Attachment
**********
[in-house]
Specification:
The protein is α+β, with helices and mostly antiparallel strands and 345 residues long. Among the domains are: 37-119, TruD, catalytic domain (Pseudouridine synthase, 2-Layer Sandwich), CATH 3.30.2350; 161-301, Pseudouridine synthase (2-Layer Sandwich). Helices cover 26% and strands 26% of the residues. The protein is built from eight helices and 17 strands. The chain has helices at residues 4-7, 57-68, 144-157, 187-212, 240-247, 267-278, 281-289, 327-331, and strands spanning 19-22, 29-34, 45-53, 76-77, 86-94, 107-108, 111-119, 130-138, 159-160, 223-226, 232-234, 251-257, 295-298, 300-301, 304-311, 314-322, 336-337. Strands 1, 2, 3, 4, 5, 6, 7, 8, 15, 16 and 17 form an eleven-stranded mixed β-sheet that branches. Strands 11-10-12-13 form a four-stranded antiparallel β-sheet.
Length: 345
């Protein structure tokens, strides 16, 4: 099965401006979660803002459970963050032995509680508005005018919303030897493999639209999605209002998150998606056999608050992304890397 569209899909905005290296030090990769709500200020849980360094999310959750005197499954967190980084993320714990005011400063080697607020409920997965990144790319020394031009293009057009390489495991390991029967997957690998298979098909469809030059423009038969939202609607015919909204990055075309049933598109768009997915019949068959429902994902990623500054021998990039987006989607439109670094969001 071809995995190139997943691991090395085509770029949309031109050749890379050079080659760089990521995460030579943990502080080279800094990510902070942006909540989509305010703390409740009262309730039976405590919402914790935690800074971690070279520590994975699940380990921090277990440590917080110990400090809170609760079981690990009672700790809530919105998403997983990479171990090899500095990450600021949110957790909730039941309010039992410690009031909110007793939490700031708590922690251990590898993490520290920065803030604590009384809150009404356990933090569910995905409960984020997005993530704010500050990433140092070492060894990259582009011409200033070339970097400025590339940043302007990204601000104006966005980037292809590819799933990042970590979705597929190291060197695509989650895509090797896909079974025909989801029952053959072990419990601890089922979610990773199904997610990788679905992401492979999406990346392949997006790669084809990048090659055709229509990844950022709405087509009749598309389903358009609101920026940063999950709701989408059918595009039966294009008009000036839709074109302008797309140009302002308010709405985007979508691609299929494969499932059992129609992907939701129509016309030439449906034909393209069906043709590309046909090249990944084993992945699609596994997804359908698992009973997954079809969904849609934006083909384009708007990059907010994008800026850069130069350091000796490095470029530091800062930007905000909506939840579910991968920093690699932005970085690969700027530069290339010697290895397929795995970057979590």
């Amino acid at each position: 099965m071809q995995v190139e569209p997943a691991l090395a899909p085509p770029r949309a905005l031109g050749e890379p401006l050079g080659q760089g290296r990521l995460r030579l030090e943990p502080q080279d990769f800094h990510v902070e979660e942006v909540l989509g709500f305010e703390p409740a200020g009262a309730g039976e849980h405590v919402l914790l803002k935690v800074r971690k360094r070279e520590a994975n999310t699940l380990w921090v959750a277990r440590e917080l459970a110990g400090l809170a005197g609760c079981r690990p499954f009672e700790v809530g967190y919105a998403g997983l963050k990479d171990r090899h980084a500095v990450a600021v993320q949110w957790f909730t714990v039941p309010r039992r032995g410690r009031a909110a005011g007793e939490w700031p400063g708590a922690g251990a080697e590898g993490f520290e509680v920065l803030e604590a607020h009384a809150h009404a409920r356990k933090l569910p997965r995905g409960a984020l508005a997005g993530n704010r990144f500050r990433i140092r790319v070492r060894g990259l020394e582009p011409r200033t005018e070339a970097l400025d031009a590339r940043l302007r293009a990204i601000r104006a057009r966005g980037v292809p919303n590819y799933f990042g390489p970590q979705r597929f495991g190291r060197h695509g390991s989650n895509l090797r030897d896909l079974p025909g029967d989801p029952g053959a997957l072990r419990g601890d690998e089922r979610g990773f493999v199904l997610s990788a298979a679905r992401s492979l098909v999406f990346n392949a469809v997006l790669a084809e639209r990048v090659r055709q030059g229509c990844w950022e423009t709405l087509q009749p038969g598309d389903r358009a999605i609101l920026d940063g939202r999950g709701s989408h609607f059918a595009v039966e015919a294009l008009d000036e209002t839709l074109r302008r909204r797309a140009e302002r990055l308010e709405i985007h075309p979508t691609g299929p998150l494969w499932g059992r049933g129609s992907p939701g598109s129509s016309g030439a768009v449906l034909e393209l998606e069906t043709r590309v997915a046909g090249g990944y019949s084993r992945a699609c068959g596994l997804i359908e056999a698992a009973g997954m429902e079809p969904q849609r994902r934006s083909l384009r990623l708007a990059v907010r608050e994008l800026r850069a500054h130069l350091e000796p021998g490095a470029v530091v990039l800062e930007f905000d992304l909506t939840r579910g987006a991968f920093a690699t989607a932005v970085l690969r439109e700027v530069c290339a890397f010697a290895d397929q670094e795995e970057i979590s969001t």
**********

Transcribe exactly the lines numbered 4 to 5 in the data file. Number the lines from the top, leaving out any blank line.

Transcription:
Length: 345
């Protein structure tokens, strides 16, 4: 099965401006979660803002459970963050032995509680508005005018919303030897493999639209999605209002998150998606056999608050992304890397 569209899909905005290296030090990769709500200020849980360094999310959750005197499954967190980084993320714990005011400063080697607020409920997965990144790319020394031009293009057009390489495991390991029967997957690998298979098909469809030059423009038969939202609607015919909204990055075309049933598109768009997915019949068959429902994902990623500054021998990039987006989607439109670094969001 071809995995190139997943691991090395085509770029949309031109050749890379050079080659760089990521995460030579943990502080080279800094990510902070942006909540989509305010703390409740009262309730039976405590919402914790935690800074971690070279520590994975699940380990921090277990440590917080110990400090809170609760079981690990009672700790809530919105998403997983990479171990090899500095990450600021949110957790909730039941309010039992410690009031909110007793939490700031708590922690251990590898993490520290920065803030604590009384809150009404356990933090569910995905409960984020997005993530704010500050990433140092070492060894990259582009011409200033070339970097400025590339940043302007990204601000104006966005980037292809590819799933990042970590979705597929190291060197695509989650895509090797896909079974025909989801029952053959072990419990601890089922979610990773199904997610990788679905992401492979999406990346392949997006790669084809990048090659055709229509990844950022709405087509009749598309389903358009609101920026940063999950709701989408059918595009039966294009008009000036839709074109302008797309140009302002308010709405985007979508691609299929494969499932059992129609992907939701129509016309030439449906034909393209069906043709590309046909090249990944084993992945699609596994997804359908698992009973997954079809969904849609934006083909384009708007990059907010994008800026850069130069350091000796490095470029530091800062930007905000909506939840579910991968920093690699932005970085690969700027530069290339010697290895397929795995970057979590």